LA House Bans Using CellPhones In Cars
Posted on Apr 23, 2008 in Legislation, Local Issues, Traffic
This week, a bill was passed in the Louisiana House of Representatives that bans talking on handheld cellphones (and text messaging) when you’re driving. This isn’t law yet — it still has to meet with Senate approval.
Expert testimony from the Highway Safety Commission estimated that 2,282 car accidents with 10 fatalities were caused by wireless communications devices in 2006. And, the proposed law’s author (Rep. Austin Badon from New Orleans) says it’s not that big a deal – for $9 you can get a gizmo that converts the handheld cellphone to hands-free in your car.
The law is controversial – and advocates for and against are rallying their followers to contact their state senators and let their opinions be heard.
What do the scientists report? Well, studies have found drivers talking on cellphones up to 10 minutes before a car crash were 4 times more likely to be in an accident. However, these numbers don’t change from using an handheld or a handsfree cellphone — according to the statistics, talking on the phone while driving ups the likelihood that you’ll be involved in a car accident fourfold — so does this proposal really solve the problem? Shouldn’t the law ban talking on cellphones while driving, regardless of handheld or handsfree?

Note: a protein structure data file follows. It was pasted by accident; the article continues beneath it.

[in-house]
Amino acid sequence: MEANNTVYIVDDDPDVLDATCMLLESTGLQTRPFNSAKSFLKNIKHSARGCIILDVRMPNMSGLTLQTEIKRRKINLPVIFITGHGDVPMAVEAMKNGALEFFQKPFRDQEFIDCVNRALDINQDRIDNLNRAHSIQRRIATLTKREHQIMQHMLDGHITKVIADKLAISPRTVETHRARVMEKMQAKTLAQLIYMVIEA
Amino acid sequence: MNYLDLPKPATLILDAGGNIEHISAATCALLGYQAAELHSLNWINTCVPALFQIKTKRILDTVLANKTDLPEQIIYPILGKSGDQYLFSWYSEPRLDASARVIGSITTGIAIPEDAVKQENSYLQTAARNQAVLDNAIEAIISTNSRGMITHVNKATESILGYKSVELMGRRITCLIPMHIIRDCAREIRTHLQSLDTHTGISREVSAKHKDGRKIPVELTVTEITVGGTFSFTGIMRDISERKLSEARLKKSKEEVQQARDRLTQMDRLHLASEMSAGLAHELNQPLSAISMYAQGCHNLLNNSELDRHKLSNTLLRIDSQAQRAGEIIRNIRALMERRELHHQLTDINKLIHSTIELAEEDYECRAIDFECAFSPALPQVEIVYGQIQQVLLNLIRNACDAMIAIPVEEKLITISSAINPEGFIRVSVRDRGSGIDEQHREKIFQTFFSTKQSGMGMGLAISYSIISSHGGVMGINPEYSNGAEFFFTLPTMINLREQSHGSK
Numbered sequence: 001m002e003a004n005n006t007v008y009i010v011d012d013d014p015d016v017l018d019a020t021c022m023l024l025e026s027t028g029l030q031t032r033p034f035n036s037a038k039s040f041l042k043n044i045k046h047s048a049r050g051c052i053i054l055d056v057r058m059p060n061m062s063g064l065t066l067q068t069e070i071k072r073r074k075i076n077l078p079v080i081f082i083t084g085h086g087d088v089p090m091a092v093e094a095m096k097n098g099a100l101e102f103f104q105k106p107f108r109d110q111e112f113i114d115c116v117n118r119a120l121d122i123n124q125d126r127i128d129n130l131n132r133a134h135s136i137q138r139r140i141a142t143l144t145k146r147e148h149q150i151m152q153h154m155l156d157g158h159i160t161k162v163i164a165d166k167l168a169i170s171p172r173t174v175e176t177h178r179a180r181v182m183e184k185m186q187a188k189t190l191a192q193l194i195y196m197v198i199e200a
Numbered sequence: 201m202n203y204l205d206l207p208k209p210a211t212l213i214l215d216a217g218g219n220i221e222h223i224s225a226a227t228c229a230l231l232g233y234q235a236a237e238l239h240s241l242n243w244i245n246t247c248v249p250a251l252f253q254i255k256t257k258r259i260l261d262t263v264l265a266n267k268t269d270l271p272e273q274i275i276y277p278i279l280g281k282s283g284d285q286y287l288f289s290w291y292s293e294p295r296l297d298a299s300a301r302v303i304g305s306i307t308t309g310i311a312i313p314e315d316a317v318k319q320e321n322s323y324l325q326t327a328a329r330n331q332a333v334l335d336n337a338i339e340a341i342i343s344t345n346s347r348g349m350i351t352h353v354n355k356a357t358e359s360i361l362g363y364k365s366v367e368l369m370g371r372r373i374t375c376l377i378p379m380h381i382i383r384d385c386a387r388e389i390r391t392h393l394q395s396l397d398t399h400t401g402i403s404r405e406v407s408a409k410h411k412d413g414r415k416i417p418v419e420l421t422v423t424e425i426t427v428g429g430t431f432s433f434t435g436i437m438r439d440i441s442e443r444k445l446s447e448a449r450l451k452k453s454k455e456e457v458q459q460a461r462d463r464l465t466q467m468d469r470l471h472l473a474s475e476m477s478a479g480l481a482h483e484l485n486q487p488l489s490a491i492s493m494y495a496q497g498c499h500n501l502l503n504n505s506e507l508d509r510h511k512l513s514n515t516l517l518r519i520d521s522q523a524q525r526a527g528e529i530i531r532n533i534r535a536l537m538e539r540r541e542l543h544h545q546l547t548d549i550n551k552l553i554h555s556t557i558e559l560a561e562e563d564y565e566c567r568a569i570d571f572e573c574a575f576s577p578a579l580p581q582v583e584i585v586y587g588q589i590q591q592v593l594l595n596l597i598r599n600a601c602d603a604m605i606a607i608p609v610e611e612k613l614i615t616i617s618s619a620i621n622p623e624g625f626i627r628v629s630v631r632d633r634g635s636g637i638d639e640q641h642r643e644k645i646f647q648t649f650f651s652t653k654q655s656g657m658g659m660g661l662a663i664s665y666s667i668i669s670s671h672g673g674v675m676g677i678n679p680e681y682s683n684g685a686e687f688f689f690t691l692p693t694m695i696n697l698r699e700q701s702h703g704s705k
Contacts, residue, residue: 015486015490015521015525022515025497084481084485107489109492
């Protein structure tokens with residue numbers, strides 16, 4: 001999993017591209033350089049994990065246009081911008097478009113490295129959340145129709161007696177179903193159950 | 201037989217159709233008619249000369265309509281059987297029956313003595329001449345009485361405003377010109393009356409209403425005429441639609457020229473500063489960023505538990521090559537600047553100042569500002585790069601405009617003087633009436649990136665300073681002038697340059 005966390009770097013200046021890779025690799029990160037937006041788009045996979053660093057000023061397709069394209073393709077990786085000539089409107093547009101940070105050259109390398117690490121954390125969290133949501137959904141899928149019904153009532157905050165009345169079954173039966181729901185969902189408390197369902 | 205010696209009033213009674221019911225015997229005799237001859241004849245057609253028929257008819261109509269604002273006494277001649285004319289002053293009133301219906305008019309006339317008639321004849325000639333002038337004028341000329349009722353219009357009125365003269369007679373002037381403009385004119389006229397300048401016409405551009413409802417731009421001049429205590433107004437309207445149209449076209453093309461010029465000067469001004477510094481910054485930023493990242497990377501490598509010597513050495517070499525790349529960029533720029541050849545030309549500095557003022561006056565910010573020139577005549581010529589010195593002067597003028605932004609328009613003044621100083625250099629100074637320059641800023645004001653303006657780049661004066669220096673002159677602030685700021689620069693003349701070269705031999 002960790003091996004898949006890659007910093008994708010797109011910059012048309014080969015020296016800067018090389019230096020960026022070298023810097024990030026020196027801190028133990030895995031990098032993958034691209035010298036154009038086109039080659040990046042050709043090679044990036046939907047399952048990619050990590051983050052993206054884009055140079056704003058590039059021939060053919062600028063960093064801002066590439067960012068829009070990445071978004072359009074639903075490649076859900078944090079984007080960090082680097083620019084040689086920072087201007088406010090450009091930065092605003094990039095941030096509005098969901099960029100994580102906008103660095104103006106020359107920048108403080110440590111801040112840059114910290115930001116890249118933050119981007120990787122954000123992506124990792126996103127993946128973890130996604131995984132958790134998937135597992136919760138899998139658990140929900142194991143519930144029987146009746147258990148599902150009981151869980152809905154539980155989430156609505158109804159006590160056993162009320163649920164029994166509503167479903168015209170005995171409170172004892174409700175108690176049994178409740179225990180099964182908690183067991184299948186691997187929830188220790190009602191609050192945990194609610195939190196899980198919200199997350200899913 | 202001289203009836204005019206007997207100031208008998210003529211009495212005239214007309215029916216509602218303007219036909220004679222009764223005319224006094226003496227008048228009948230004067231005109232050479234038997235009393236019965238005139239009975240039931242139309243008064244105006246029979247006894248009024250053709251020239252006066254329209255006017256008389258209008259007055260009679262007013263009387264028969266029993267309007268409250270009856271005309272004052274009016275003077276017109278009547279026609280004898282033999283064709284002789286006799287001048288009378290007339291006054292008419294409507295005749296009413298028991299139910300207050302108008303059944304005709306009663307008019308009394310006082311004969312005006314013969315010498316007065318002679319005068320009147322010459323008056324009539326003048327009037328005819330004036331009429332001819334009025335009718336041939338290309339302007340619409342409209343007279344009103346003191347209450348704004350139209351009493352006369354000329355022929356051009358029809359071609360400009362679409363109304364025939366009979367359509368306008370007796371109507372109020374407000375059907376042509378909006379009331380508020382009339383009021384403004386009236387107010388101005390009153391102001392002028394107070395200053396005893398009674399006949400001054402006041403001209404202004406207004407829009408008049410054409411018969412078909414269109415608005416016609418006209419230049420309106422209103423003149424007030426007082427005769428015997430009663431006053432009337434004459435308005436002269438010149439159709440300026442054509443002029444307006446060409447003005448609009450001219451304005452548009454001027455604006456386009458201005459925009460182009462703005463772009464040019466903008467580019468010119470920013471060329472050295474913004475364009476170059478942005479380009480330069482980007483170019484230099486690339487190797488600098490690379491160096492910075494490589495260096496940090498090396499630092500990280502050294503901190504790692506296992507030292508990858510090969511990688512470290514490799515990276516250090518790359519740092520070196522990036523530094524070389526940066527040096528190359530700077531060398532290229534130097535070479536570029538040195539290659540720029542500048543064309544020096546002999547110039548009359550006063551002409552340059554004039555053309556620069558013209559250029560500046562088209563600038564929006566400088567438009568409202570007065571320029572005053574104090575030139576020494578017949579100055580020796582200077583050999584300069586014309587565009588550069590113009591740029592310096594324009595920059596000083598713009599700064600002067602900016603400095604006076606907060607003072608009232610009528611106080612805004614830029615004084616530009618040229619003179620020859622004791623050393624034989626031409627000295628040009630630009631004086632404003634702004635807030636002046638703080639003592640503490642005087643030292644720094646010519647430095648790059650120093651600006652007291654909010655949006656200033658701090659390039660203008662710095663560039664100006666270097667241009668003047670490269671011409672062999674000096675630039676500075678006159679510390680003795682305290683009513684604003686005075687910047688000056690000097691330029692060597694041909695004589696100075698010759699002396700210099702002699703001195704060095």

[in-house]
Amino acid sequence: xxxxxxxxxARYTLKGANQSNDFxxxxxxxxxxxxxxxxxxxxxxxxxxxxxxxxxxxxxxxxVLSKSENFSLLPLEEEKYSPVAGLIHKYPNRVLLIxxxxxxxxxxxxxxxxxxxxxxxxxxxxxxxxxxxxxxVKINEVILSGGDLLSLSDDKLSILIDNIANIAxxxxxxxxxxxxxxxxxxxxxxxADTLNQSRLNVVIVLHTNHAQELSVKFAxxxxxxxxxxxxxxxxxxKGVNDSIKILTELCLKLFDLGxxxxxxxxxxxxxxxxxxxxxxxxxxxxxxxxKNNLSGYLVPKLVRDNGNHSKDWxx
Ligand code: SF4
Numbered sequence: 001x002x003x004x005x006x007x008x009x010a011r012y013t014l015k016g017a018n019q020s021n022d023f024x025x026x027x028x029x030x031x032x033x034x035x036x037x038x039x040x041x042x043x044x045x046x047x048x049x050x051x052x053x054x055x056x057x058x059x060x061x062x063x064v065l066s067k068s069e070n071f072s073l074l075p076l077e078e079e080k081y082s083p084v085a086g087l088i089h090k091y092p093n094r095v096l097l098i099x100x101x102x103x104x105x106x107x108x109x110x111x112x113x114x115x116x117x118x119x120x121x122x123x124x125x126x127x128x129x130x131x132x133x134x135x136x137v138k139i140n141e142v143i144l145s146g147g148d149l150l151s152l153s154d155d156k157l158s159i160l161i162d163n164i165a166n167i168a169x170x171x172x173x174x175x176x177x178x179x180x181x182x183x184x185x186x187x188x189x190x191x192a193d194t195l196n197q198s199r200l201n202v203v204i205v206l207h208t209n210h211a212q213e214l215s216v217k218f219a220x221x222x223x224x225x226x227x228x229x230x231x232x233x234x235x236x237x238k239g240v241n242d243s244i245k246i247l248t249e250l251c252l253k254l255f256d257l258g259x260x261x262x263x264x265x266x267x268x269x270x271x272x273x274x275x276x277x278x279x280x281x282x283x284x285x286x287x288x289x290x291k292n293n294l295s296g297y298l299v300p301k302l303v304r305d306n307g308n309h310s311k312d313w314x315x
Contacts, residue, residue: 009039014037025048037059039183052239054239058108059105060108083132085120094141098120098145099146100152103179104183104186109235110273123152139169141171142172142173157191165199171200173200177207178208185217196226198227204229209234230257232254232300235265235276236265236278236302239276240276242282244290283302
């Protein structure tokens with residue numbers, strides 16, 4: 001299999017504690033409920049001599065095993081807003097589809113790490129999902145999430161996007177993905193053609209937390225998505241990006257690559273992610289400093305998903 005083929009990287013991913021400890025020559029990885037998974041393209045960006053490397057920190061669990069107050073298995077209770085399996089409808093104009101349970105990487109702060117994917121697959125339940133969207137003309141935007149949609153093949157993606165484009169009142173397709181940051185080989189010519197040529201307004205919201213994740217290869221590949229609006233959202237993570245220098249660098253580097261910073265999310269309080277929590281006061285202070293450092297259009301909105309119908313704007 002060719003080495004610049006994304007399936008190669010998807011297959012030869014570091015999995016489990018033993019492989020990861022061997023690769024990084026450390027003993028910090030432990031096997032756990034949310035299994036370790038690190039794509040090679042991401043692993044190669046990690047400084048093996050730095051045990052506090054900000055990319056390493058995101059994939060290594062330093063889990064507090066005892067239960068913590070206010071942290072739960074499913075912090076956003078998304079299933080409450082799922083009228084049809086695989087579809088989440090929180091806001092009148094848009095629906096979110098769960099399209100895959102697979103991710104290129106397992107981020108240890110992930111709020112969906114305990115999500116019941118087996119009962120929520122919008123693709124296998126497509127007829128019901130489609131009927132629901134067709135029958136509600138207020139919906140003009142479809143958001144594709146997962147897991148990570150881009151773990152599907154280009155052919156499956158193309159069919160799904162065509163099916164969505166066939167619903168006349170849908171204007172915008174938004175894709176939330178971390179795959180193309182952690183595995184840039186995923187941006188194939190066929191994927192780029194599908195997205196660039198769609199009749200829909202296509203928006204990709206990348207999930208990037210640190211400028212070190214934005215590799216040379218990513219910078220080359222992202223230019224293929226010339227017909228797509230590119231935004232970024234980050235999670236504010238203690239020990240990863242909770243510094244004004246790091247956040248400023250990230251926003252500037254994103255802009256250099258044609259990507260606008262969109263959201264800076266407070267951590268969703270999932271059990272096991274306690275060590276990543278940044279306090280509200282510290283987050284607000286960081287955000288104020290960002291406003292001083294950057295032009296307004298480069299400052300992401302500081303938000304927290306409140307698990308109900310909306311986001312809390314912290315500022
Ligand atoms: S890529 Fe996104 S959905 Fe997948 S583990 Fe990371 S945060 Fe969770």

And, what do all this statistics and legislative arguments mean to a car accident victim? Well, if you’ve got an attorney doing his homework, he might subpoena the cellphone records of the drivers, check their chattime for the 10 minutes prior to the car crash, and argue that this impacts the proximate cause — i.e., who is legally responsible for the accident and its insuing damages.�